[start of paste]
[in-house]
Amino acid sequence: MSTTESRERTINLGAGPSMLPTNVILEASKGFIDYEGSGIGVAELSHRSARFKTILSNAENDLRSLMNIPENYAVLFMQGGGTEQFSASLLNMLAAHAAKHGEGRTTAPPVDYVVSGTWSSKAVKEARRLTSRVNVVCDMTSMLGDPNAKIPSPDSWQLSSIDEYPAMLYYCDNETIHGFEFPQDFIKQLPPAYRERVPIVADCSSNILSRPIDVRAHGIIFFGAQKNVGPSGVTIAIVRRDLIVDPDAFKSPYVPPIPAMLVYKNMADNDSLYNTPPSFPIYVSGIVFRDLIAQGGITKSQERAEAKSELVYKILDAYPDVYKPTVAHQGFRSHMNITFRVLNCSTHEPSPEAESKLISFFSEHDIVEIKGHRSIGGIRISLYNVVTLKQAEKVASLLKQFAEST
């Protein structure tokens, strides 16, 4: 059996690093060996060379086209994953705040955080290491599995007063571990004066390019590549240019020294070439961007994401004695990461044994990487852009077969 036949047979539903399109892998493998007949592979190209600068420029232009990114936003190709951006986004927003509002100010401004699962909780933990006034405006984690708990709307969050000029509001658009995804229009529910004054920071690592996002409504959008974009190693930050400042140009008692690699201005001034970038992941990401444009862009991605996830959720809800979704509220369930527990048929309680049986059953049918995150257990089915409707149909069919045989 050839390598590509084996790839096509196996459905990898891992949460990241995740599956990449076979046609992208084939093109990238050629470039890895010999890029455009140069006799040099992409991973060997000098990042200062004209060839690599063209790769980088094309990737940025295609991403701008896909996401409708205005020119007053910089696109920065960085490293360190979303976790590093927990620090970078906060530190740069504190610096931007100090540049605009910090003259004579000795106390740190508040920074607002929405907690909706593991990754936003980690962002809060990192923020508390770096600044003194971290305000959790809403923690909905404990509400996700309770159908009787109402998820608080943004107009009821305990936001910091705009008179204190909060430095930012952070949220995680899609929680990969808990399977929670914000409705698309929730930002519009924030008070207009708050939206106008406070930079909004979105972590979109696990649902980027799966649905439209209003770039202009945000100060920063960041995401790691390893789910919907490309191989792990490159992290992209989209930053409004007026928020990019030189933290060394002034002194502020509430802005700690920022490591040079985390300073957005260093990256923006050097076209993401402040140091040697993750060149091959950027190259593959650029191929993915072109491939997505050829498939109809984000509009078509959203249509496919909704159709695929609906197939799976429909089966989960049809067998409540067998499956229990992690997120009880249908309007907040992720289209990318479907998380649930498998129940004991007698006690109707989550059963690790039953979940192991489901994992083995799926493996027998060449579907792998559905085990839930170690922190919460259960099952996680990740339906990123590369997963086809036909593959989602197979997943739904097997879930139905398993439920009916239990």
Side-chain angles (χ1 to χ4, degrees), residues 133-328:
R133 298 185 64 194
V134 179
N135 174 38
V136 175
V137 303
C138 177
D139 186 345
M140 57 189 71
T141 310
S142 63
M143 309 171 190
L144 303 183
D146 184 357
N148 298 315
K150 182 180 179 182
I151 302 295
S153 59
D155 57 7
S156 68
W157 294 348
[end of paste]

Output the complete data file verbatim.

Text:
[in-house]
Amino acid sequence: MSTTESRERTINLGAGPSMLPTNVILEASKGFIDYEGSGIGVAELSHRSARFKTILSNAENDLRSLMNIPENYAVLFMQGGGTEQFSASLLNMLAAHAAKHGEGRTTAPPVDYVVSGTWSSKAVKEARRLTSRVNVVCDMTSMLGDPNAKIPSPDSWQLSSIDEYPAMLYYCDNETIHGFEFPQDFIKQLPPAYRERVPIVADCSSNILSRPIDVRAHGIIFFGAQKNVGPSGVTIAIVRRDLIVDPDAFKSPYVPPIPAMLVYKNMADNDSLYNTPPSFPIYVSGIVFRDLIAQGGITKSQERAEAKSELVYKILDAYPDVYKPTVAHQGFRSHMNITFRVLNCSTHEPSPEAESKLISFFSEHDIVEIKGHRSIGGIRISLYNVVTLKQAEKVASLLKQFAEST
């Protein structure tokens, strides 16, 4: 059996690093060996060379086209994953705040955080290491599995007063571990004066390019590549240019020294070439961007994401004695990461044994990487852009077969 036949047979539903399109892998493998007949592979190209600068420029232009990114936003190709951006986004927003509002100010401004699962909780933990006034405006984690708990709307969050000029509001658009995804229009529910004054920071690592996002409504959008974009190693930050400042140009008692690699201005001034970038992941990401444009862009991605996830959720809800979704509220369930527990048929309680049986059953049918995150257990089915409707149909069919045989 050839390598590509084996790839096509196996459905990898891992949460990241995740599956990449076979046609992208084939093109990238050629470039890895010999890029455009140069006799040099992409991973060997000098990042200062004209060839690599063209790769980088094309990737940025295609991403701008896909996401409708205005020119007053910089696109920065960085490293360190979303976790590093927990620090970078906060530190740069504190610096931007100090540049605009910090003259004579000795106390740190508040920074607002929405907690909706593991990754936003980690962002809060990192923020508390770096600044003194971290305000959790809403923690909905404990509400996700309770159908009787109402998820608080943004107009009821305990936001910091705009008179204190909060430095930012952070949220995680899609929680990969808990399977929670914000409705698309929730930002519009924030008070207009708050939206106008406070930079909004979105972590979109696990649902980027799966649905439209209003770039202009945000100060920063960041995401790691390893789910919907490309191989792990490159992290992209989209930053409004007026928020990019030189933290060394002034002194502020509430802005700690920022490591040079985390300073957005260093990256923006050097076209993401402040140091040697993750060149091959950027190259593959650029191929993915072109491939997505050829498939109809984000509009078509959203249509496919909704159709695929609906197939799976429909089966989960049809067998409540067998499956229990992690997120009880249908309007907040992720289209990318479907998380649930498998129940004991007698006690109707989550059963690790039953979940192991489901994992083995799926493996027998060449579907792998559905085990839930170690922190919460259960099952996680990740339906990123590369997963086809036909593959989602197979997943739904097997879930139905398993439920009916239990």
Side-chain angles (χ1 to χ4, degrees), residues 133-328:
R133 298 185 64 194
V134 179
N135 174 38
V136 175
V137 303
C138 177
D139 186 345
M140 57 189 71
T141 310
S142 63
M143 309 171 190
L144 303 183
D146 184 357
N148 298 315
K150 182 180 179 182
I151 302 295
S153 59
D155 57 7
S156 68
W157 294 348